Less than one in 10 people in the UK view planning ahead for possible future social care costs as a financial priority, a new report has found.
Publishing the findings from its global retirement study, financial services company Aegon said just 7% of UK residents view putting money away for social care as a priority, with just 1% viewing it as their single greatest financial priority.
The study also found that 64% of people in the UK are not factoring healthcare into their retirement savings.
This is despite more people citing declining health as their biggest retirement concern (48%) over running out of money (42%).
The research suggests that not prioritising funding for long-term care may be down to the perception that it’s something that the government will pay for when the time comes.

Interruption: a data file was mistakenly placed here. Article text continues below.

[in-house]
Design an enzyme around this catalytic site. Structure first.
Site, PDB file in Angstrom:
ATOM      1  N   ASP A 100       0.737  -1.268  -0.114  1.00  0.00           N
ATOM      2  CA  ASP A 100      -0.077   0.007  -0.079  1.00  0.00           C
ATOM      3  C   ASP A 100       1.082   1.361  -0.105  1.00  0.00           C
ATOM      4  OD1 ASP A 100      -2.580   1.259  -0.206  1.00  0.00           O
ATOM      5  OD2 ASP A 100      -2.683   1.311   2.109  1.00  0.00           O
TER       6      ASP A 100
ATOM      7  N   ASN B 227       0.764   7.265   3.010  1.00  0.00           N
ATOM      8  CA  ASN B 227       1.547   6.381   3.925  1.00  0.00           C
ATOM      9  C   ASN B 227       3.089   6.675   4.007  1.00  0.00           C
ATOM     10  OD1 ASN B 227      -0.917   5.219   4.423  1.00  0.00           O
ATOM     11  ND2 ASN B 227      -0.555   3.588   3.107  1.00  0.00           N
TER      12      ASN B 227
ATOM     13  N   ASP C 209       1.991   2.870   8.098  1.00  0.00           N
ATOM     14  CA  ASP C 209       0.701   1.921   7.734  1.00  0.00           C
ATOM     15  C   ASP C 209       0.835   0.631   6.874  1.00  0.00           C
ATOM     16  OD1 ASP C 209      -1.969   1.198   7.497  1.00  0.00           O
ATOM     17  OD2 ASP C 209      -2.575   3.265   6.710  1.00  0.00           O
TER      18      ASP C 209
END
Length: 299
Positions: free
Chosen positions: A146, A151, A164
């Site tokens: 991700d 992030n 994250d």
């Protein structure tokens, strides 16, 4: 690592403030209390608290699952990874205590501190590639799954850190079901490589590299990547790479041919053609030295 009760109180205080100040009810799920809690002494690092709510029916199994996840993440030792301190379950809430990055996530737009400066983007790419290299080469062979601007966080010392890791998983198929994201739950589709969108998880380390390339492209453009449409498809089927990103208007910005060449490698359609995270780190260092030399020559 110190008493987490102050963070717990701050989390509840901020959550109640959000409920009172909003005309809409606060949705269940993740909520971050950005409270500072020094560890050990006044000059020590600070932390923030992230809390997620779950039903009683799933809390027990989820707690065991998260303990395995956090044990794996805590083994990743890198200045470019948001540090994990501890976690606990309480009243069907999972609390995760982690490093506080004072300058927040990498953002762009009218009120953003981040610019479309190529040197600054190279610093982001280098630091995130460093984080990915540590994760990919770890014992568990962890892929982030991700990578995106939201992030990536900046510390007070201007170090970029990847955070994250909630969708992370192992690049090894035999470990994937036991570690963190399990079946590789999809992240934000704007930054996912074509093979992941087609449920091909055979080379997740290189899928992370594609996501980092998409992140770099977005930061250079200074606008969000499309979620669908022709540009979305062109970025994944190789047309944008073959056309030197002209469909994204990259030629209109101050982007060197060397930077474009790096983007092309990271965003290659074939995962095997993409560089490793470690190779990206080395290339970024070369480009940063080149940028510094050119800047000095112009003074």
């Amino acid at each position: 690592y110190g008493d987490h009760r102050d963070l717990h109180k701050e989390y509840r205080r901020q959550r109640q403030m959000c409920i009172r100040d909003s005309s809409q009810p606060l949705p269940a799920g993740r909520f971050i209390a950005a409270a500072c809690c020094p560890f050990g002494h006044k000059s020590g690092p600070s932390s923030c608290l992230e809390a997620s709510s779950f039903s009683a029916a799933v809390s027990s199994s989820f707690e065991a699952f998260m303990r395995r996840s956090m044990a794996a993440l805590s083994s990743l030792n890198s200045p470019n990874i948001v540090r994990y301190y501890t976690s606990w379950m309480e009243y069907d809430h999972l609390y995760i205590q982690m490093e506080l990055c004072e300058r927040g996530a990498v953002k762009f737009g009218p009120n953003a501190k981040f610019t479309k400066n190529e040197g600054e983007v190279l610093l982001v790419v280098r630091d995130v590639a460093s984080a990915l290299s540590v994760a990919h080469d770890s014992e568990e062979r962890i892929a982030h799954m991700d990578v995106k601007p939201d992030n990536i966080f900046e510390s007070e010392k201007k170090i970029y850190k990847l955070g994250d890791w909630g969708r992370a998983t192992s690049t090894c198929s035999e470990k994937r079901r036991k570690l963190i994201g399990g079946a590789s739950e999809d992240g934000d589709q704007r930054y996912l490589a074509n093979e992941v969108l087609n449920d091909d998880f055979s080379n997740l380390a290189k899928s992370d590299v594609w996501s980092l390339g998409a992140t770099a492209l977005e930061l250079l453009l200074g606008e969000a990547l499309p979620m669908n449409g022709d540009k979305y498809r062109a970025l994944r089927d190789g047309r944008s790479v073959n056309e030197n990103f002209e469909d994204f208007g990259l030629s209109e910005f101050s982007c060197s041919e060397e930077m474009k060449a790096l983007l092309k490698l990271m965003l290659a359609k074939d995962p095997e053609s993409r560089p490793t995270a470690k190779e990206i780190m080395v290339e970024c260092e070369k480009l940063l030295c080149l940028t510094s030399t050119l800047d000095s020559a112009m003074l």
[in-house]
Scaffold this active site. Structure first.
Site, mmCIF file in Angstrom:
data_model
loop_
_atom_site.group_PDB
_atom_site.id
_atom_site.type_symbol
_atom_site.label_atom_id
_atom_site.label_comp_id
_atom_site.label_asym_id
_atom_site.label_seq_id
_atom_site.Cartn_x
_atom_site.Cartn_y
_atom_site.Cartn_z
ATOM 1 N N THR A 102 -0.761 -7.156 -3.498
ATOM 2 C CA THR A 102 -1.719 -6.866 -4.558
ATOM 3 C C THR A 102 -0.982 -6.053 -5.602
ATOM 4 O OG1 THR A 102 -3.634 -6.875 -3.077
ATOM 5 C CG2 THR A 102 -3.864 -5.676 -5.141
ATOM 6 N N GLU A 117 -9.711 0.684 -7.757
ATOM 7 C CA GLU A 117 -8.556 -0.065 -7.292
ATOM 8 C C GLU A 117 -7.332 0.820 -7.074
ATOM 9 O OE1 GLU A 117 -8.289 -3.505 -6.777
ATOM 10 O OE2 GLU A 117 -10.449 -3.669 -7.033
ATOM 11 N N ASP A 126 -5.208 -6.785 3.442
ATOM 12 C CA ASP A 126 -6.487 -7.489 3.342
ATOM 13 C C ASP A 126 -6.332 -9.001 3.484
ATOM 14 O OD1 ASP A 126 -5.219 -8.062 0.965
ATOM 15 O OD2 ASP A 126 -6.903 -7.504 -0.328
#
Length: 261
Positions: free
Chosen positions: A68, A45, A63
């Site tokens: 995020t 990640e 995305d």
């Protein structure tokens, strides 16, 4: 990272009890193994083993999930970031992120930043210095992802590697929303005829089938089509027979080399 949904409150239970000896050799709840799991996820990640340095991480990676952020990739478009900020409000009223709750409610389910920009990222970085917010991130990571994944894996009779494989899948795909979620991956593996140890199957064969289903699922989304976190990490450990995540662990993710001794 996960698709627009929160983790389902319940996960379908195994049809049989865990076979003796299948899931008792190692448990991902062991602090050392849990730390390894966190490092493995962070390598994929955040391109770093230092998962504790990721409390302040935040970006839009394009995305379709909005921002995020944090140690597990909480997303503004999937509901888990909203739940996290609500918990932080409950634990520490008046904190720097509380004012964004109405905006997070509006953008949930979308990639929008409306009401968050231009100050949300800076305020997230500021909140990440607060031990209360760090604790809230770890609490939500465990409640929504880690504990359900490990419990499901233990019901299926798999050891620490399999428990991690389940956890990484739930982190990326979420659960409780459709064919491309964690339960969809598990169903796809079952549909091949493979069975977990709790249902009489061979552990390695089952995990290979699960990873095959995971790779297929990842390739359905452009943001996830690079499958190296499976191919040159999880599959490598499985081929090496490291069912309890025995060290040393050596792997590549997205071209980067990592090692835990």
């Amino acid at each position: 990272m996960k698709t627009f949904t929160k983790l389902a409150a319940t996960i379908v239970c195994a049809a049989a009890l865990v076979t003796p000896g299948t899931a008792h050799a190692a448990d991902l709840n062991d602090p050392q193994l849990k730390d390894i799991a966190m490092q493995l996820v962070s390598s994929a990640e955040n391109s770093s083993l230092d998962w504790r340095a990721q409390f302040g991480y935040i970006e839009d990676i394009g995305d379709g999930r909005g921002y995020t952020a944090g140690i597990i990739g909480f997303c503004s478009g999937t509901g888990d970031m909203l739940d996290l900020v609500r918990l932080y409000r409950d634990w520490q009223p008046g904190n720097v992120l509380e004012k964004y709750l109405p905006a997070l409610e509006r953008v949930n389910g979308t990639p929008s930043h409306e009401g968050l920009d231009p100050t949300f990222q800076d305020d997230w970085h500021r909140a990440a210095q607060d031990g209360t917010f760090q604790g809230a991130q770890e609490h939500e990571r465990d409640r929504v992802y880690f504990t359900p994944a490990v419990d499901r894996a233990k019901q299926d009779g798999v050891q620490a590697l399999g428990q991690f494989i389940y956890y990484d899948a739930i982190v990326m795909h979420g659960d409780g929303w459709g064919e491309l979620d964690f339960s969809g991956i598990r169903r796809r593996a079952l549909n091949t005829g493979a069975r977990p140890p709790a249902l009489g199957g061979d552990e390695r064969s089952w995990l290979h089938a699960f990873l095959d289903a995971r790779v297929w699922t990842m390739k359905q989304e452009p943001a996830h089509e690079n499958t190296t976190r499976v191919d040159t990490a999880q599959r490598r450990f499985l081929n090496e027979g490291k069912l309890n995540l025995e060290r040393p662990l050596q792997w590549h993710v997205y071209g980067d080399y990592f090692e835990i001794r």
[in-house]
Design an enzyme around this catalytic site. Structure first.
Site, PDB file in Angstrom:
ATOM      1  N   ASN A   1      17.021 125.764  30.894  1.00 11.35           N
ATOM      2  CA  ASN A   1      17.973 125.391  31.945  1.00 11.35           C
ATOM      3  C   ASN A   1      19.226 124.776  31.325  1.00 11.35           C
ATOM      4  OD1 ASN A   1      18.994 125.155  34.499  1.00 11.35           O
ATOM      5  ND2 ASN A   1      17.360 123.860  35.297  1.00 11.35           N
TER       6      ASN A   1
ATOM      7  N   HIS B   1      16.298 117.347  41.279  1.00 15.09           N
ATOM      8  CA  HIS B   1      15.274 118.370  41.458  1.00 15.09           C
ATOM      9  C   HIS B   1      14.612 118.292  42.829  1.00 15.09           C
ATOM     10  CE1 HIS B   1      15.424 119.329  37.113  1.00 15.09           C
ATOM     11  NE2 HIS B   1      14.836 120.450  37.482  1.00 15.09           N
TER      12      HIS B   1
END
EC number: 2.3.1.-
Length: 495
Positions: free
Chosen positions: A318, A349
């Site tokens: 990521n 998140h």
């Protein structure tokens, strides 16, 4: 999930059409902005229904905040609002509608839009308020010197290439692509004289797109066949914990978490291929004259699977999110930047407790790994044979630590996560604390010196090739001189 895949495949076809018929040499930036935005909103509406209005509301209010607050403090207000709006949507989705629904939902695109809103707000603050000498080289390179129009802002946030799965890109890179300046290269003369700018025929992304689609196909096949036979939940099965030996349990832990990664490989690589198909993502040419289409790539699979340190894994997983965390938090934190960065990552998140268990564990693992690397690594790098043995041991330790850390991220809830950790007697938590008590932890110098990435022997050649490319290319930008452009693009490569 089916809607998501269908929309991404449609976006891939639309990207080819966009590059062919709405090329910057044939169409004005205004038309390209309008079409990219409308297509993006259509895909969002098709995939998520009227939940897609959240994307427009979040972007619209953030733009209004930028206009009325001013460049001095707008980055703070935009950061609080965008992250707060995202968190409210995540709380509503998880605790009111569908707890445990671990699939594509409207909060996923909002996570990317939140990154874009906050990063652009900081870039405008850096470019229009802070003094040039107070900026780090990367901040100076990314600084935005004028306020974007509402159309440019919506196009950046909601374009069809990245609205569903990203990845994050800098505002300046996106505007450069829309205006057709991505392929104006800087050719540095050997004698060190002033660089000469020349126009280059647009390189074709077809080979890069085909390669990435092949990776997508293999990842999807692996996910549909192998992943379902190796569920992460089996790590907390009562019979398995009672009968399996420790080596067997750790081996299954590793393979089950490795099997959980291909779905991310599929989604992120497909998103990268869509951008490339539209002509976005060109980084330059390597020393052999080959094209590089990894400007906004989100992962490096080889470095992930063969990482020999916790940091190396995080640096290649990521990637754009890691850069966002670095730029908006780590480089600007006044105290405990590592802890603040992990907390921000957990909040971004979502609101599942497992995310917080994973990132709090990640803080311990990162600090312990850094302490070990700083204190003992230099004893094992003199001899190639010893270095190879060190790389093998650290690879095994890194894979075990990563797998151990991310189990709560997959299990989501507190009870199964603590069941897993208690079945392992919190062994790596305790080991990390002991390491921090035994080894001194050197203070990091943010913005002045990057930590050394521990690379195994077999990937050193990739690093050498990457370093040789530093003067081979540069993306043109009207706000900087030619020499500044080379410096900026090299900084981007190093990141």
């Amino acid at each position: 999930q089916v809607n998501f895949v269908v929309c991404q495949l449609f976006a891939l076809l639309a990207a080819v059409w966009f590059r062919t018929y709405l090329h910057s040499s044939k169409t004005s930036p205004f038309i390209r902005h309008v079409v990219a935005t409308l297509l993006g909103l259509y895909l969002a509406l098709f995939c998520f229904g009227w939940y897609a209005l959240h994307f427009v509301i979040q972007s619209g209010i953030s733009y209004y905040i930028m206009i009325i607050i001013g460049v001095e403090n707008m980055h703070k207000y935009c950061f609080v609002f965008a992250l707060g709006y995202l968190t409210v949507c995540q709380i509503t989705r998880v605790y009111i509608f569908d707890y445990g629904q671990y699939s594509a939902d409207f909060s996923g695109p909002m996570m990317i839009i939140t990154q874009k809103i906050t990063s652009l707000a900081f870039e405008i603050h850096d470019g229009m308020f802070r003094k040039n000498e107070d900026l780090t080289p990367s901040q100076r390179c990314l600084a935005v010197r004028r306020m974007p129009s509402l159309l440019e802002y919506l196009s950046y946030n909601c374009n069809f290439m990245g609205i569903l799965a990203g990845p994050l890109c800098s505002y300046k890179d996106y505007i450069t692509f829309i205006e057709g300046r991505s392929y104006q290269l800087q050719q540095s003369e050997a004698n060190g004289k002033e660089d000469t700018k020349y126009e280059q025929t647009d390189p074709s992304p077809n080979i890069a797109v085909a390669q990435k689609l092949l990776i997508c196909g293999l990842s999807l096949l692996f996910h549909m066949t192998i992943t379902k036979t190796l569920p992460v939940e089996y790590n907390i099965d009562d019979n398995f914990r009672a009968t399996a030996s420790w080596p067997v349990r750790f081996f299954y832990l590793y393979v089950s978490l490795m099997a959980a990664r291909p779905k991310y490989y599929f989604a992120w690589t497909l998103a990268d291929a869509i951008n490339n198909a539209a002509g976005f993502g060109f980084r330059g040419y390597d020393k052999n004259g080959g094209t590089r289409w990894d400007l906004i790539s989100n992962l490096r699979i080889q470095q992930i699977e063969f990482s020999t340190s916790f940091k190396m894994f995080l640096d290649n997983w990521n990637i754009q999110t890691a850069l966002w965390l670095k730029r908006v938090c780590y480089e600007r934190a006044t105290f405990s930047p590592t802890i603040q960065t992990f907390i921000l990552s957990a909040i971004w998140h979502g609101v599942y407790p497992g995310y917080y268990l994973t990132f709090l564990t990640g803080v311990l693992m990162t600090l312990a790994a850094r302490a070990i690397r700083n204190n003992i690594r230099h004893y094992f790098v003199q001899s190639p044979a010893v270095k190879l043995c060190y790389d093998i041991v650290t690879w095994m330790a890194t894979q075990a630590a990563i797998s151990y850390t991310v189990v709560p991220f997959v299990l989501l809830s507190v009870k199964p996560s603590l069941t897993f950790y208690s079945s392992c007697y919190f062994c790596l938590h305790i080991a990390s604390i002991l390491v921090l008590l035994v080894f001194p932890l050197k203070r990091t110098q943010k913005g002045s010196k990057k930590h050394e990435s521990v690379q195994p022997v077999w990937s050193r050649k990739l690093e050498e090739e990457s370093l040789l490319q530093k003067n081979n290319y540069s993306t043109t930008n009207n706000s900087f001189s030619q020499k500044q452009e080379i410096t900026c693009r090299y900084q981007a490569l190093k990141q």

Two in five respondents (38%) said they haven’t factored in care as a future expense because it will be provided by the NHS, while 31% haven’t considered it at all.
Aegon said it is hopeful that the long-delayed plan for social care reform will dispel misconceptions around what the state will provide and clarify to people what they may be expected to contribute personally.
Steven Cameron, Pensions Director at Aegon said: “Compared to other countries, UK citizens benefit greatly from having access to the NHS, but all too often, people wrongly believe that their social care needs in later life will also be taken care of by the state.
“The issue of social care and how to cover personal contribution to costs needs much greater consideration within the overall retirement planning process. When the UK Government does set out its new deal, it will be vital to incentivise people to plan ahead and save for their possible long-term care in older age.”
Aegon’s global study was carried out between January 28 and February 24 2020, and involved 14,400 workers and 1,600 retired people across 15 countries.